Perhaps this has contributed to this lack of fanfare for the movie. It’s similar to when I ask my fellow Protestants whether they’ve read (or heard of) any novels by Graham Greene. They respond by asking me who that is, and then I have to go into a long explanation. But when I ask about Karen Kingsbury, everyone has heard of her.

Another reason is that the movie is a message right at the heart of what many Christians didn’t want to hear after a contentious election cycle. The vast majority of evangelicals voted in favor of a strongman who will turn the country aright again. “Silence,” is not about that. It is not about power. It is about enduring suffering, apostasy, and martyrdom. It’s not about triumph. In fact, even today, there is only one percent of the Japanese population who say they are Christian, despite over 100 million people celebrating Easter in China, according to a BBC report from March 2016, and over half of the population in Korea professing themselves to be Christians. These sorts of themes aren’t marketable for many American evangelicals, who have the desire for America to once again be propped up as a global dominator.

But the Jesus of the Bible doesn’t come this way. He is a suffering servant. He doesn’t die and then restore the kingdom of Israel, and he won’t make America great again (hint: it was always suspect). What he will do is bring people from every tribe, every tongue back to him. That, he promises.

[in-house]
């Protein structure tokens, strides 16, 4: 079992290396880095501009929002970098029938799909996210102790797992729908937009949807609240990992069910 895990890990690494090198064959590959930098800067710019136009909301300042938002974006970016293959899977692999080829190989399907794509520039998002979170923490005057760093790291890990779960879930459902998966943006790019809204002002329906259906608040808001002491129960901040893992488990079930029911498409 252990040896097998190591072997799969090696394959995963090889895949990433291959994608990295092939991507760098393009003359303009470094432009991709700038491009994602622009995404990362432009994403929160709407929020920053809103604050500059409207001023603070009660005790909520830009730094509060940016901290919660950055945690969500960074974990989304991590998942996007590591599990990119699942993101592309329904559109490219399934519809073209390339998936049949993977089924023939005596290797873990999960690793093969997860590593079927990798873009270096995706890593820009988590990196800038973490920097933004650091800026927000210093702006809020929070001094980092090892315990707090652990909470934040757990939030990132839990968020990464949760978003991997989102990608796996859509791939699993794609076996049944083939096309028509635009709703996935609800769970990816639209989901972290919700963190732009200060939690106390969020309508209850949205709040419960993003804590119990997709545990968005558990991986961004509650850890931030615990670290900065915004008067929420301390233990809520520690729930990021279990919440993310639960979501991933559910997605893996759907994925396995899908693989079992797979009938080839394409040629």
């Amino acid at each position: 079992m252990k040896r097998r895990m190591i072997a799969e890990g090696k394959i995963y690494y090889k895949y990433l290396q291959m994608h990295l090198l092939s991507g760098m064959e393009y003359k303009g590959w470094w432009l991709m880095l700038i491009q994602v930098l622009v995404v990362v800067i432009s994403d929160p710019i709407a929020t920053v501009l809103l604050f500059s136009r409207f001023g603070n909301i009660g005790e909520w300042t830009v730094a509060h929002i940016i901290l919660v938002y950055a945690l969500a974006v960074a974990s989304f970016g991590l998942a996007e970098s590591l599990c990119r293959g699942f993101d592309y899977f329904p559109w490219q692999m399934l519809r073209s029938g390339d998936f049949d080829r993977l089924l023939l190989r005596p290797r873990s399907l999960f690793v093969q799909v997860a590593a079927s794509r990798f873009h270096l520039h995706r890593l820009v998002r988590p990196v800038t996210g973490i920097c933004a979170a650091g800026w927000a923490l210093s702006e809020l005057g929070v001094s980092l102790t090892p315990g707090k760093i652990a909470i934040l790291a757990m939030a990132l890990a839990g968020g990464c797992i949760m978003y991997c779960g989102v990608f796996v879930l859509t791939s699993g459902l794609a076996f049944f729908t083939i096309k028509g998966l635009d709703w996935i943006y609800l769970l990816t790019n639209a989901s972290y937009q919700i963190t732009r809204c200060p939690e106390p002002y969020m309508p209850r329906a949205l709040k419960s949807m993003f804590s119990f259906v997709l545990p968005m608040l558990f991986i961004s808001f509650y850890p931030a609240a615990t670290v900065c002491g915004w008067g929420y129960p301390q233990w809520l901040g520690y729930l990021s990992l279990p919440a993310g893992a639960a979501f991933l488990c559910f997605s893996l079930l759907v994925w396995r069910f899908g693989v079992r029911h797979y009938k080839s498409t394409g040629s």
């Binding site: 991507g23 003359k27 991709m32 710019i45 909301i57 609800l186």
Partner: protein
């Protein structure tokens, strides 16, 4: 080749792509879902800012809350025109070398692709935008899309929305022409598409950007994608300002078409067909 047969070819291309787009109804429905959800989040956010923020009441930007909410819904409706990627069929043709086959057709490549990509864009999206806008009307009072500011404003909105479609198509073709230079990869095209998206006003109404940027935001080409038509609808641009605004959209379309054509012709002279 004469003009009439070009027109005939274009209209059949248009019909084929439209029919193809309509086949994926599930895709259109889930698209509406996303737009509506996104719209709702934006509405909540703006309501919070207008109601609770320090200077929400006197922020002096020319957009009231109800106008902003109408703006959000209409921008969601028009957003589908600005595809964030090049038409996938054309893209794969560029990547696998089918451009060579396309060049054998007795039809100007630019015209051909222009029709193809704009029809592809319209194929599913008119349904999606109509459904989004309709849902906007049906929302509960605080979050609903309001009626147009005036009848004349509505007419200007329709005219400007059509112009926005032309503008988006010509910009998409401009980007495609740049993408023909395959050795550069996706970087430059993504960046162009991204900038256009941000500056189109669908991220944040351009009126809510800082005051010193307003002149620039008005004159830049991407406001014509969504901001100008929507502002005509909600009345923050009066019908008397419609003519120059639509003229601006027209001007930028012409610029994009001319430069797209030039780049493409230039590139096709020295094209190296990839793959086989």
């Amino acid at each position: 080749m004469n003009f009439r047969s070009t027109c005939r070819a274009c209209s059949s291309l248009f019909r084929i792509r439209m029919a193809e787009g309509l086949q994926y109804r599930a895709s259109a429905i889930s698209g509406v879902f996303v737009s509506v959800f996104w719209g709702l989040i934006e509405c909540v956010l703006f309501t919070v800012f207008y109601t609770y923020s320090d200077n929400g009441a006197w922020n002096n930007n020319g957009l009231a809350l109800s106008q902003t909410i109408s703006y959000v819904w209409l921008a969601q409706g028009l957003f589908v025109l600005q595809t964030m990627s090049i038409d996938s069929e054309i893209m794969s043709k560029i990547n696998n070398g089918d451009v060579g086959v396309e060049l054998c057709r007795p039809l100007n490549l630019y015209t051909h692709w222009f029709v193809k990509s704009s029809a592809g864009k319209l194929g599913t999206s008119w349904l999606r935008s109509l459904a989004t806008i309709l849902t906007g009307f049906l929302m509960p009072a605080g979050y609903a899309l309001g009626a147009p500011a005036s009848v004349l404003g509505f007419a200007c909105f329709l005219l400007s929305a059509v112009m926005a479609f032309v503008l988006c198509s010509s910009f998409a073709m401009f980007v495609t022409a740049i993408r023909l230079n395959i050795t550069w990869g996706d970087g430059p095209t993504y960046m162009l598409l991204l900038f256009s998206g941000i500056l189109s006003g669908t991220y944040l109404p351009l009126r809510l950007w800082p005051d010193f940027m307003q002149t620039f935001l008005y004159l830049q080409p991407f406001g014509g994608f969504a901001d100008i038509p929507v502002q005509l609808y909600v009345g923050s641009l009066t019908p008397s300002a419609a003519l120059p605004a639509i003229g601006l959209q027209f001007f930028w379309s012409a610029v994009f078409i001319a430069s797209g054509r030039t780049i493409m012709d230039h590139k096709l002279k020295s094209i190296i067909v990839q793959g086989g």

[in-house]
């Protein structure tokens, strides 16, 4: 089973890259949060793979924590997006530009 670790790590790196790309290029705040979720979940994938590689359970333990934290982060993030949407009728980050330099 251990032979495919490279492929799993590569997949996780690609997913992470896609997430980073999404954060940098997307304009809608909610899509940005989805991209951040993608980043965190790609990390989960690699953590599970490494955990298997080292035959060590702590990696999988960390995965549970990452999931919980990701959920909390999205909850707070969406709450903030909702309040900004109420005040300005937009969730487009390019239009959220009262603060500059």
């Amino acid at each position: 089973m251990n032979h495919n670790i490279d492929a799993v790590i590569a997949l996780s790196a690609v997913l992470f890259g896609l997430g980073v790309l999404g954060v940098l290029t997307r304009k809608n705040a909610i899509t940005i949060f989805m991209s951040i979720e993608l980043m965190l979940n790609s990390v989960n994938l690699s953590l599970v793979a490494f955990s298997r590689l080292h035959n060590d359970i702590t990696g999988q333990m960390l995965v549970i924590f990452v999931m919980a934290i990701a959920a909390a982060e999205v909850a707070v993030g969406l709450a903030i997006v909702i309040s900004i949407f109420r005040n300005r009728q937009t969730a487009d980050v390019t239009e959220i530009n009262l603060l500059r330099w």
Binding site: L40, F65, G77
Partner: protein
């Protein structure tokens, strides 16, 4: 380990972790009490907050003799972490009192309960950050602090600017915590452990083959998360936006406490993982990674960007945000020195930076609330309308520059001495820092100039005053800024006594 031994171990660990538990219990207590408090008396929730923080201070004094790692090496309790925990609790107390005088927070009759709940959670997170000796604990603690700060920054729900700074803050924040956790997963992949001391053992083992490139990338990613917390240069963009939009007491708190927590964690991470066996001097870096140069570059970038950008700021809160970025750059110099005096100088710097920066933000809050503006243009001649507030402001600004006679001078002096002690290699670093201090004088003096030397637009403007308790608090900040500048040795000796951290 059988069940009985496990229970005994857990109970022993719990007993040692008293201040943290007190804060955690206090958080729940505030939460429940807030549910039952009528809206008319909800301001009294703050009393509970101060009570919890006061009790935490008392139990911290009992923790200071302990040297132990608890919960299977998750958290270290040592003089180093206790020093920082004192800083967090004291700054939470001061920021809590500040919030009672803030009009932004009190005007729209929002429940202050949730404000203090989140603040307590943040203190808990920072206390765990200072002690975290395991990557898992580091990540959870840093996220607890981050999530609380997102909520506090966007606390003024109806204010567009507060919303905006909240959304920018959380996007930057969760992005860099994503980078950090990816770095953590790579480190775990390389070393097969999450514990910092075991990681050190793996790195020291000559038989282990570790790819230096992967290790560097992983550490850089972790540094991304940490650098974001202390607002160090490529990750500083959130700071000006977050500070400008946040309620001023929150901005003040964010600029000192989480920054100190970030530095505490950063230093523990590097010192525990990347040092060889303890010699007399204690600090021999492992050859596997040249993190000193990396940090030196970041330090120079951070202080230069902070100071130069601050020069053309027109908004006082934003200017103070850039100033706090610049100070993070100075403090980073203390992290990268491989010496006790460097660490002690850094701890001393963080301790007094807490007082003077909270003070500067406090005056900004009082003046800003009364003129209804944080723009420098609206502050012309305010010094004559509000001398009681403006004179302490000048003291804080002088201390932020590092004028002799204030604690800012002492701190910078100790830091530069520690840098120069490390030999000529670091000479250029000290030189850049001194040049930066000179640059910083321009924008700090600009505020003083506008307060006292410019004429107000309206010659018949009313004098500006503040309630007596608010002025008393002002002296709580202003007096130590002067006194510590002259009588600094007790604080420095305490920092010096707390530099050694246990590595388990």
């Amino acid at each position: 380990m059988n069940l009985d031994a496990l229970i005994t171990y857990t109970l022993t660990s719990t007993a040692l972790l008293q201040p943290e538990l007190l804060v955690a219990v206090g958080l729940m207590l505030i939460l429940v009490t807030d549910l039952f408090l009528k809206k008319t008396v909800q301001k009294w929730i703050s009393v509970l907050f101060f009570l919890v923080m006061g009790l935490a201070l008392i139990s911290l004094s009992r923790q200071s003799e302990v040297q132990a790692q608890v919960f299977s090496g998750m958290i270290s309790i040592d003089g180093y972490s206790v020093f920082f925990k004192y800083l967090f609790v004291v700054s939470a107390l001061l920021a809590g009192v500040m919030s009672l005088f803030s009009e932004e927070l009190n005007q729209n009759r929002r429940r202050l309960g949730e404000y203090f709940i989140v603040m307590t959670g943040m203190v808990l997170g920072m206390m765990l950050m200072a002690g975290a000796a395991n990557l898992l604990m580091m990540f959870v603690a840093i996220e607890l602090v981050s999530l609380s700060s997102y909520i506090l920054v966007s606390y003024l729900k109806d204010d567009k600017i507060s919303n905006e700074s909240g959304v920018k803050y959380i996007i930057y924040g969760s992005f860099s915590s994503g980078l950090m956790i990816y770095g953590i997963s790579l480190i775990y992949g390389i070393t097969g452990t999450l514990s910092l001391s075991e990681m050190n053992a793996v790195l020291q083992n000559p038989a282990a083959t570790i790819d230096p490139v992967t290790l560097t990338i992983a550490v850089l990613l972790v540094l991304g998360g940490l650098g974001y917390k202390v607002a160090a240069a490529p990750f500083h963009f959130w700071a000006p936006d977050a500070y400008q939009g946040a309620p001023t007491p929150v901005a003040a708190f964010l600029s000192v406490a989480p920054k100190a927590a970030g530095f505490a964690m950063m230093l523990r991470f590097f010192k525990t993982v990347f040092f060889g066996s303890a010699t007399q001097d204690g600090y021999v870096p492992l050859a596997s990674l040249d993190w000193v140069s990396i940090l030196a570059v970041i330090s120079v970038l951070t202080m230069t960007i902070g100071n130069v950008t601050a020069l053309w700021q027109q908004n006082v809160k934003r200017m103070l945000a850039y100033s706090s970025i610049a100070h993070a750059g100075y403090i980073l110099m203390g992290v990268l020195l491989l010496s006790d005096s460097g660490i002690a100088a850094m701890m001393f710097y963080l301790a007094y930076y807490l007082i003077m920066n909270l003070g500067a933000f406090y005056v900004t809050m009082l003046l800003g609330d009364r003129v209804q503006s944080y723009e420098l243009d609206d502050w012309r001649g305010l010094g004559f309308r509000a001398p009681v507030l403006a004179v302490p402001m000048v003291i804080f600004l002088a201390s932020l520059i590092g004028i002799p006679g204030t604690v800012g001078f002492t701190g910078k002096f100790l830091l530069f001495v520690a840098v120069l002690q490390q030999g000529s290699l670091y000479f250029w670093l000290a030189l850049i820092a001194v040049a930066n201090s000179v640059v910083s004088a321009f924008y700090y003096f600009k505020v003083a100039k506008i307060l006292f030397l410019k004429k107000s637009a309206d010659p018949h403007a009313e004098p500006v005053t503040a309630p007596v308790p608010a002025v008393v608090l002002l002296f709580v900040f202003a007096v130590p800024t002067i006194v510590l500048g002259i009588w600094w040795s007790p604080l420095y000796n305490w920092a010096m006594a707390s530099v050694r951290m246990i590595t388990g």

A Whimper, Not A Bang

I just read a small commentary on history books from Thomas E. Ricks on Foreign Policy, who gave an insightful reason why the first half of books are often better than the second.

Listen to what he wrote:

The writing of most books, I think, is a race between resources and understanding. As the author proceeds, his or her resources (energy, time, money) diminish, even as his or her understanding of the subject increases. The question is maintaining the resources long enough to finish at least a first draft. In many and perhaps most cases, fatigue overcomes the author, and so many books are weaker in their endings than in their beginnings. That is the way books end, not with a bang but a whimper.

Read the whole thing here. It’s short, but packs a punch.

Why You Are Fearful About Your Writing

You’ve got an idea and want to put it out there for the world to see. You visualize how it might serve other people, and think, “yes, that’s what I want to do.” Perhaps you’ve jotted a few ideas down in your trusty moleskin (does anybody else carry those?), or typed them in your Iphone’s note app.

But then when the time comes to put your ideas down on paper, you freeze. You pass the buck.

“Later. I will definitely do it later,” you say to yourself, closing your laptop and pressing the Netflix button on your home television controller.

Why does this happen?

There are a number of reasons why, but I’ve narrowed a few down for those of us who are not just writers in name, but in practice. That is, we are writers because we write, not because we tell other people we write.